He set up the pendulum in the same way I did in my video, but he adjusted the length of the pendulum so that one half-swing took exactly one second, a common technique at the time. What he found was that the pendulum length needed to be slightly shorter than it did back in Paris, by about 3 millimeters. Though a small difference, it was significant enough to begin a discussion about the varying gravitational field of Earth.
This was later proved by Isaac Newton by determining that due to the Earth’s rotation, it was thicker at the equator, meaning the surface was further away from Earth’s center of mass. This was further supported by Newton’s idea that gravitational force decreases as the distance between two objects increases.
Scientists started to use pendulums to take measurements of the gravitational field in other locations and began to create a model of the Earth’s true oblong shape. Since then, we’ve developed more accurate methods to measure the same thing, but they were pioneered by those first efforts.
Written By: Scott Yarbrough
Video Music: Funky Chunk Kevin MacLeod (incompetech.com)
Licensed under Creative Commons: By Attribution 3.0 License
Did you know that stars live and die just like other living things?…Okay, maybe not just like them. But they do have a beginning, middle, and end. All stars start out the same way, from a nebula. A nebula, otherwise known as a “star nursery”, is a cloud of gas and dust out in space. Nebulae will then start to clump up due to the massive amounts of gravitational pull. This clumping creates protostars, which are basically spherical masses of the gas and dust that are collecting even more gas and dust from the nebula.
Once the gravity of the protostars becomes great enough, the process of fusion will begin, turning the protostar into a star. A star is defined to be a self-luminous gaseous spheroidal celestial body of great mass which produces energy by means of nuclear fusion reactions. Fusion is the act of turning lighter elements into heavier ones which can only occur under great pressures.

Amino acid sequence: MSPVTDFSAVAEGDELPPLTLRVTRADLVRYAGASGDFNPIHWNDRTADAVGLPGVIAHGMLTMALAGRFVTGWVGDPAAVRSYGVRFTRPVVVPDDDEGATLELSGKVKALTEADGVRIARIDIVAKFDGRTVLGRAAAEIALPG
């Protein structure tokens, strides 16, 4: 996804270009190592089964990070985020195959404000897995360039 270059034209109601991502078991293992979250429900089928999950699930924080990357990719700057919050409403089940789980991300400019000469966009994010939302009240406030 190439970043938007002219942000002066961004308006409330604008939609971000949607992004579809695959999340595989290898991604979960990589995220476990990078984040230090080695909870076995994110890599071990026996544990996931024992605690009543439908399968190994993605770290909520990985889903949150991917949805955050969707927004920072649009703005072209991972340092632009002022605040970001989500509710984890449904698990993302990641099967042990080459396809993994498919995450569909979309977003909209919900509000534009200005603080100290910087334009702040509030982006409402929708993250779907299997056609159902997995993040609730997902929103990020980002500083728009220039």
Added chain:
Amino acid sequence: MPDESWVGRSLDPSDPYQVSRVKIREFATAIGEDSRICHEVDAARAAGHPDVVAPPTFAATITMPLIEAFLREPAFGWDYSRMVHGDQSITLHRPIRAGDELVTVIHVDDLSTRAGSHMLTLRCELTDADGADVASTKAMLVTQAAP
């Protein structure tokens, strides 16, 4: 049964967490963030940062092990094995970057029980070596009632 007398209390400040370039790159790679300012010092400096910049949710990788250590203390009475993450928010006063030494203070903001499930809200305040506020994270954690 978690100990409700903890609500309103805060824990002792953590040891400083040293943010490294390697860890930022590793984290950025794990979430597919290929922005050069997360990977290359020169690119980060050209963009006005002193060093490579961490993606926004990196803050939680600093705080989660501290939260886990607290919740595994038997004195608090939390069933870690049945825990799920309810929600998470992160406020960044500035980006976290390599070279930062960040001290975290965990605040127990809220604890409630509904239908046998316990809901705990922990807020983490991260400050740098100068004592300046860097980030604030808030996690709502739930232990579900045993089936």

Depending on the original mass of the nebula and protostar, a star can be of any number of sizes. For our purposes, let’s stick with an average sized star (like our Sun), a massive star, and a supermassive star.
For a Sun-like star, once it has completed fusing hydrogen into helium it will become unstable and swell in size, becoming a red giant. As a red giant, it will have a thin outer shell of some hydrogen gas, and an inner core of mostly helium. Once the helium runs out, it will become extremely unstable and puff out it’s shells of hydrogen and helium, becoming a planetary nebula. One example of this is the Ring Nebula (M57). Left in the center is a white dwarf star, which is named so due to how hot and luminous it is. When the white dwarf radiates its energy away, it will fade, becoming a brown (or black) dwarf star.
For a massive and supermassive star: they will go through the fusion process, become unstable, puff out a shell, swell to a red supergiant, start the next round of fusion, and so on and so forth, creating heavier and heavier elements. Once the massive and supermassive star become extremely unstable they will go supernova. A supernova is the largest explosion in space, which is very bright and ejects most of its mass.
When this happens for a massive star, a neutron star will be left behind. A neutron star is a celestial object with very small radius (typically 18 miles/30 km) and very high density, composed mostly of closely packed neutrons. Neutron stars also tend to rotate extremely quickly and emit regular pulses of radio waves and other electromagnetic radiation, earning them another name, pulsars.For a supermassive star, it will follow the same path of a massive star, but with one key difference. Instead of leaving a neutron star behind after the supernova, it will leave behind a black hole. A black hole is simply a region of space having a gravitational field so intense that no matter or radiation can escape.
Supernovae create the heaviest elements in our universe, which are the building blocks to life as we know it. Without this constant cycle of creation and destruction, we would have nothing. So the next time you look up in the sky, be thankful to that glowing orb of incandescent gas and all of the gas and dust that came before it.
Most of us have experienced using a lens in some way, whether it was using glasses, cameras, or our favorite, telescopes. A lens is a piece of glass or other transparent substance with curved sides for concentrating or dispersing light rays. They have the ability to bend light! Did you know that gravity can bend light in the same way? We call this gravitational lensing; when a large massive object, like a blackhole or galaxy, passes in front of our view of a distant light source and a distant galaxy. It bends the distant light in different ways, sometimes creating two or more images or creating an Einstein ring, a complete ring of the image.
The glass shape at the bottom of the stem of a wine glass, and looking straight through the glass has almost exactly the same optical properties as a massive galaxy or blackhole!